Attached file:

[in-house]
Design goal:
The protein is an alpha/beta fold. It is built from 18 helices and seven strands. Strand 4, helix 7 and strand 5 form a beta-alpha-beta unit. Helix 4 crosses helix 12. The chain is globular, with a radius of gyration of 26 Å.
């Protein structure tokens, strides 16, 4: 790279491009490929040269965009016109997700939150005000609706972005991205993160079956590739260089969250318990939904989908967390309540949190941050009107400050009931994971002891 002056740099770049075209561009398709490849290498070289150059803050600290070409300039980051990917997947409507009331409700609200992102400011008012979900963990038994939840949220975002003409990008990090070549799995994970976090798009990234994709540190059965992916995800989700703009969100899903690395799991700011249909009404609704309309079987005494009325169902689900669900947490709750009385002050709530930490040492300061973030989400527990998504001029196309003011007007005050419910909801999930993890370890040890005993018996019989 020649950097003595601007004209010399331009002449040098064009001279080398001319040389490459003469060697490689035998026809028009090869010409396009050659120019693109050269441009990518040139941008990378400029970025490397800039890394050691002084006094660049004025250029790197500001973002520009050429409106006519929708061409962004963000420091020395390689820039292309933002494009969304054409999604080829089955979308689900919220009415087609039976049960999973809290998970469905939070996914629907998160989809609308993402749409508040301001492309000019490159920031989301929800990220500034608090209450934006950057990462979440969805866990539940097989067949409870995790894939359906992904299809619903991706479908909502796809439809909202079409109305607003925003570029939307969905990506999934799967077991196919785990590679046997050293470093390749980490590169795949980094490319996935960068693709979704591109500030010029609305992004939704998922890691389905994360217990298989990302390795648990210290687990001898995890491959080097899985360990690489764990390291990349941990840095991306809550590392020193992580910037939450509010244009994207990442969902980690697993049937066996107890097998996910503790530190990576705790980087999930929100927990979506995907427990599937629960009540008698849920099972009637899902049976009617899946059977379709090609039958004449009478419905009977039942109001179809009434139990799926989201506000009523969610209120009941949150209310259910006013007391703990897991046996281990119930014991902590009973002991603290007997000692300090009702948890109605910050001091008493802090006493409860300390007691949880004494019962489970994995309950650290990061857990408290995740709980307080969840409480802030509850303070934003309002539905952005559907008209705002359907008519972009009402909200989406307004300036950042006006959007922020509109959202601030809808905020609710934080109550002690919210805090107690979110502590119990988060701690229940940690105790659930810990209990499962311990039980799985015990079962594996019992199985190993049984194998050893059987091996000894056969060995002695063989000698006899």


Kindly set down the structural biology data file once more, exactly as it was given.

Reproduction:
[in-house]
Design goal:
The protein is an alpha/beta fold. It is built from 18 helices and seven strands. Strand 4, helix 7 and strand 5 form a beta-alpha-beta unit. Helix 4 crosses helix 12. The chain is globular, with a radius of gyration of 26 Å.
């Protein structure tokens, strides 16, 4: 790279491009490929040269965009016109997700939150005000609706972005991205993160079956590739260089969250318990939904989908967390309540949190941050009107400050009931994971002891 002056740099770049075209561009398709490849290498070289150059803050600290070409300039980051990917997947409507009331409700609200992102400011008012979900963990038994939840949220975002003409990008990090070549799995994970976090798009990234994709540190059965992916995800989700703009969100899903690395799991700011249909009404609704309309079987005494009325169902689900669900947490709750009385002050709530930490040492300061973030989400527990998504001029196309003011007007005050419910909801999930993890370890040890005993018996019989 020649950097003595601007004209010399331009002449040098064009001279080398001319040389490459003469060697490689035998026809028009090869010409396009050659120019693109050269441009990518040139941008990378400029970025490397800039890394050691002084006094660049004025250029790197500001973002520009050429409106006519929708061409962004963000420091020395390689820039292309933002494009969304054409999604080829089955979308689900919220009415087609039976049960999973809290998970469905939070996914629907998160989809609308993402749409508040301001492309000019490159920031989301929800990220500034608090209450934006950057990462979440969805866990539940097989067949409870995790894939359906992904299809619903991706479908909502796809439809909202079409109305607003925003570029939307969905990506999934799967077991196919785990590679046997050293470093390749980490590169795949980094490319996935960068693709979704591109500030010029609305992004939704998922890691389905994360217990298989990302390795648990210290687990001898995890491959080097899985360990690489764990390291990349941990840095991306809550590392020193992580910037939450509010244009994207990442969902980690697993049937066996107890097998996910503790530190990576705790980087999930929100927990979506995907427990599937629960009540008698849920099972009637899902049976009617899946059977379709090609039958004449009478419905009977039942109001179809009434139990799926989201506000009523969610209120009941949150209310259910006013007391703990897991046996281990119930014991902590009973002991603290007997000692300090009702948890109605910050001091008493802090006493409860300390007691949880004494019962489970994995309950650290990061857990408290995740709980307080969840409480802030509850303070934003309002539905952005559907008209705002359907008519972009009402909200989406307004300036950042006006959007922020509109959202601030809808905020609710934080109550002690919210805090107690979110502590119990988060701690229940940690105790659930810990209990499962311990039980799985015990079962594996019992199985190993049984194998050893059987091996000894056969060995002695063989000698006899």